Britain could break with a European Union arms embargo on Syria, Prime Minister David Cameron said on Tuesday, allowing the flow of weapons to anti-government rebels battling Syrian President Bashar al-Assad.
The arms embargo is part of a package of EU sanctions on Syria that currently roll over every three months, with the last extension achieved with the agreement of all 27 EU members on March 1.
Britain pushed for and won an agreement to amend the embargo to allow the supply of non-lethal equipment such as body armour and armoured vehicles to rebels, but warned that in future it might act alone.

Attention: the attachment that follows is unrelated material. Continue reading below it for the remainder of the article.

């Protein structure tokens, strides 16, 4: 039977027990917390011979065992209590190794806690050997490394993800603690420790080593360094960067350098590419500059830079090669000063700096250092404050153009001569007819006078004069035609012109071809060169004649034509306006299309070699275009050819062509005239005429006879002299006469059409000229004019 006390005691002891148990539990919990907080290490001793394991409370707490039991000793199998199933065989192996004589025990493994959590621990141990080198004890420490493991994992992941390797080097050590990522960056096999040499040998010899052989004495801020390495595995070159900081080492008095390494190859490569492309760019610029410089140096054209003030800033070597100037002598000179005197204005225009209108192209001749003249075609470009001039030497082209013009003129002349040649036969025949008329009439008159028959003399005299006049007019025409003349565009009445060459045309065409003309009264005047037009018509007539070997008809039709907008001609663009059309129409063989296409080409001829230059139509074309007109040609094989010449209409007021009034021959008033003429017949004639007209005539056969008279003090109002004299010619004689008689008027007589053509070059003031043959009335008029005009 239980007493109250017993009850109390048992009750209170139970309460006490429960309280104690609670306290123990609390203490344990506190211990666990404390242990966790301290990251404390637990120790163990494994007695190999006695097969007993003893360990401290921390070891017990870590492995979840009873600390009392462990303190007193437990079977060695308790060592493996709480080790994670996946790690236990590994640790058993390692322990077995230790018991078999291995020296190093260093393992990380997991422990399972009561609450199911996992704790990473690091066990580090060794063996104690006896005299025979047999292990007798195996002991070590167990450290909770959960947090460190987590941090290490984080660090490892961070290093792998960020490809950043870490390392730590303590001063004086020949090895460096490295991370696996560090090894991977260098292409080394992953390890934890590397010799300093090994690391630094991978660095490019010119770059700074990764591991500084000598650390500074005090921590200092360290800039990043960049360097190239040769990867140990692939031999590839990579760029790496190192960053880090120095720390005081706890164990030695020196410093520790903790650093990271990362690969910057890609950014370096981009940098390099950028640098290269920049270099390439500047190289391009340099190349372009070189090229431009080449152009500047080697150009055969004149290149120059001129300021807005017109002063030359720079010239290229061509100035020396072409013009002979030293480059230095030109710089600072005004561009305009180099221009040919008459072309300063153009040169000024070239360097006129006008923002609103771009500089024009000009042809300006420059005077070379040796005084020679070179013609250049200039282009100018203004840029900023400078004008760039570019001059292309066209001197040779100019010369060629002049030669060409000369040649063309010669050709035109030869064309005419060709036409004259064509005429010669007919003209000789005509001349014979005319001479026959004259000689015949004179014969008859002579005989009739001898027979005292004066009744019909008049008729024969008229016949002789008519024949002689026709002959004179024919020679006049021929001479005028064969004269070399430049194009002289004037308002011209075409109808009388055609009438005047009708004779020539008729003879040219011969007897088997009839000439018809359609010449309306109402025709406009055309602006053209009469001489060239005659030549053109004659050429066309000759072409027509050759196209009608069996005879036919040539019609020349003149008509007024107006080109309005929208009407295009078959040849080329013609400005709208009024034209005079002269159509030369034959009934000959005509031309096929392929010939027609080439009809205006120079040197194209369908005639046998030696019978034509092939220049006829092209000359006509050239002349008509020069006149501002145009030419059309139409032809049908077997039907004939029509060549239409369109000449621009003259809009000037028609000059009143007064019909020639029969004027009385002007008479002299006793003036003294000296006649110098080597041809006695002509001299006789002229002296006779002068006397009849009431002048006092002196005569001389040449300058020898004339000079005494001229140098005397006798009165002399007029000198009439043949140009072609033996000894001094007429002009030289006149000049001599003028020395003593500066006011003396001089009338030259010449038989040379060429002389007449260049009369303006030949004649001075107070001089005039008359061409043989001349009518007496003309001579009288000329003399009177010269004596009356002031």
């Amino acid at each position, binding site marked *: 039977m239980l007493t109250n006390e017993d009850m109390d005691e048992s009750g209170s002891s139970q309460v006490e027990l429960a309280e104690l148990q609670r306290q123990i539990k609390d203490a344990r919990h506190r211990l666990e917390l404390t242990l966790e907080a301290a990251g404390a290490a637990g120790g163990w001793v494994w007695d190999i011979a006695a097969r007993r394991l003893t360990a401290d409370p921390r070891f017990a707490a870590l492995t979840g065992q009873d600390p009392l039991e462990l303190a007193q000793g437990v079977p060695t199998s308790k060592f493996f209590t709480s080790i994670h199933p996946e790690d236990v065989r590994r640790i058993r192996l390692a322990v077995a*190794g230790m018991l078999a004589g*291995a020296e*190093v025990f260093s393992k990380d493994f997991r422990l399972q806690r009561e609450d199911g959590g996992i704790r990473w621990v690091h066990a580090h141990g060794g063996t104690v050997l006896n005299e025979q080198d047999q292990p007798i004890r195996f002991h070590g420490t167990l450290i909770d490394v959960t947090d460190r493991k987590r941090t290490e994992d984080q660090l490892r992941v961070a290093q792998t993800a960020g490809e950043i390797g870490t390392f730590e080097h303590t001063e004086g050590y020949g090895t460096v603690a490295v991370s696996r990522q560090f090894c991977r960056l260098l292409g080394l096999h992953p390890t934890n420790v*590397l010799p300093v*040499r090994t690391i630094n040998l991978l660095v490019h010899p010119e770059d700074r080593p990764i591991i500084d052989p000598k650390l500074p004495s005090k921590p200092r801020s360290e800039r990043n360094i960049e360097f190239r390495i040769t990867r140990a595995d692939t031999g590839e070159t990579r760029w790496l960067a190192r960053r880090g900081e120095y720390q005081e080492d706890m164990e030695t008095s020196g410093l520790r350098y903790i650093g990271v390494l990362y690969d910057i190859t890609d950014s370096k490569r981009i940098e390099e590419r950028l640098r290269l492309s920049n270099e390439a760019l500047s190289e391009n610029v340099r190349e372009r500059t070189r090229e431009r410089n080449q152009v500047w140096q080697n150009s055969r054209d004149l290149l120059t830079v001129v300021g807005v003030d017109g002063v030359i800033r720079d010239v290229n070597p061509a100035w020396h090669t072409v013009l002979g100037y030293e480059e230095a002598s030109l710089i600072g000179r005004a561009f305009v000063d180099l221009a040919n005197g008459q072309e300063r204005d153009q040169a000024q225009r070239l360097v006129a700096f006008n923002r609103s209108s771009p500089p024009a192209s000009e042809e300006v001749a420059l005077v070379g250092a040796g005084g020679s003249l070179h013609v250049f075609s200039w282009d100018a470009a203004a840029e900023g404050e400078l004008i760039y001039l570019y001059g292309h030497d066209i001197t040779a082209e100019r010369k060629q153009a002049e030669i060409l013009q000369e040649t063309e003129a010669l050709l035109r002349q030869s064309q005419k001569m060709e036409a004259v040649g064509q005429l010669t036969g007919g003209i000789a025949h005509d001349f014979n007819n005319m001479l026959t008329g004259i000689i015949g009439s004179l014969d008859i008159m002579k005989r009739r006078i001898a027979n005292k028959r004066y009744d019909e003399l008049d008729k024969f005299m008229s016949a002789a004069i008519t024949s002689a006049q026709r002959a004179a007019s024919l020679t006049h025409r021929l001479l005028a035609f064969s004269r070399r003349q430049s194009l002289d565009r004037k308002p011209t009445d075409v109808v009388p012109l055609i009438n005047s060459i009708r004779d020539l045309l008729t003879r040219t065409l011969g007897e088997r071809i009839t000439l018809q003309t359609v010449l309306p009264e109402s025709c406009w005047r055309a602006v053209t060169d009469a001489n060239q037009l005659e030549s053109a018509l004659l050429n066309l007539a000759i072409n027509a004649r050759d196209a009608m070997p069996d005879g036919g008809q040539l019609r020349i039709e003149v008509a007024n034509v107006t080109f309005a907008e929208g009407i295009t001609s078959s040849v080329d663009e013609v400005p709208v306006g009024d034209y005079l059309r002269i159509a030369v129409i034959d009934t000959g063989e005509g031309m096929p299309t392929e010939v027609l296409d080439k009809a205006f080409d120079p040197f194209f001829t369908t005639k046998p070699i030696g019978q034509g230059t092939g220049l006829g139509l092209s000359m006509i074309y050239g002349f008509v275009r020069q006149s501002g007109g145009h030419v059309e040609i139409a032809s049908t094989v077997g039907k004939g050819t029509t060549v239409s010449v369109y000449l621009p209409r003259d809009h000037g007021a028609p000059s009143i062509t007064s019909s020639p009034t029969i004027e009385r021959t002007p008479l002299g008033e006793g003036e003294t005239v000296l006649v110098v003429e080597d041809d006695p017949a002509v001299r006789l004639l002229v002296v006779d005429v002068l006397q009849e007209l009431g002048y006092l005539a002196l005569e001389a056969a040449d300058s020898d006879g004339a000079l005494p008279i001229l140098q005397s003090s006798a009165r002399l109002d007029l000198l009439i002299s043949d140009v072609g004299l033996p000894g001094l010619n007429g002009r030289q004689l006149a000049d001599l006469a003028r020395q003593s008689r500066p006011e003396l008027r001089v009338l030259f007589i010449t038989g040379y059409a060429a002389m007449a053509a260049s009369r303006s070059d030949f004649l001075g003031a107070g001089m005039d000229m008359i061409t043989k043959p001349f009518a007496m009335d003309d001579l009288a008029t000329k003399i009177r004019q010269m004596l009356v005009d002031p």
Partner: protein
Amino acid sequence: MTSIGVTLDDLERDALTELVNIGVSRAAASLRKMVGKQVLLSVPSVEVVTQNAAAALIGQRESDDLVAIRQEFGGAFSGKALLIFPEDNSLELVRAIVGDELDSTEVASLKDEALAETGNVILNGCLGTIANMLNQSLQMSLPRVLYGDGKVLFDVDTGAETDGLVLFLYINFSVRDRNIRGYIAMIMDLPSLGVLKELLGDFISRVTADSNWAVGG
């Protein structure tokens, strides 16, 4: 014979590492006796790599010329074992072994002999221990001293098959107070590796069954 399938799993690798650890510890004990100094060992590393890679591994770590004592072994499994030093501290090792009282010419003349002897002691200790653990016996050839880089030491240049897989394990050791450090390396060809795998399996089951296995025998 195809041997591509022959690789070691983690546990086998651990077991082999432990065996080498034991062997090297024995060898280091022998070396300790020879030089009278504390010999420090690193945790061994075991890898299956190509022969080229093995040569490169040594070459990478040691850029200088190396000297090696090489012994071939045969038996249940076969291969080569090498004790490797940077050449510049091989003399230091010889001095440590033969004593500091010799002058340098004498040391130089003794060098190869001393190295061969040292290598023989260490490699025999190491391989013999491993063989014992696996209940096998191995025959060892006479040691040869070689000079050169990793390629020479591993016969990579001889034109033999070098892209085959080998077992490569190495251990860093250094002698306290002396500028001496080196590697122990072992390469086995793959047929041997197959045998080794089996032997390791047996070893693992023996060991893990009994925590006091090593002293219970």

Without unanimous agreement between all EU members to either renew or amend the ban in three months' time, the embargo becomes void.
"I hope that we can persuade our European partners, if and when a further change becomes necessary, they will agree with us," Cameron told a parliamentary committee when asked whether Britain could "veto" the embargo.
"But if we can't, then it's not out of the question we might have to do things in our own way. It's possible," he added.
On Monday, France urged the European Union to look again at lifting the arms embargo, putting it at odds with Germany which said such a step could spread conflict in the region.
French Foreign Minister Laurent Fabius said ending the embargo would help level the playing field in the two-year-old conflict in which 70,000 people have died. His German counterpart Guido Westerwelle said that could lead to a proliferation of weapons in the region and spark a proxy war.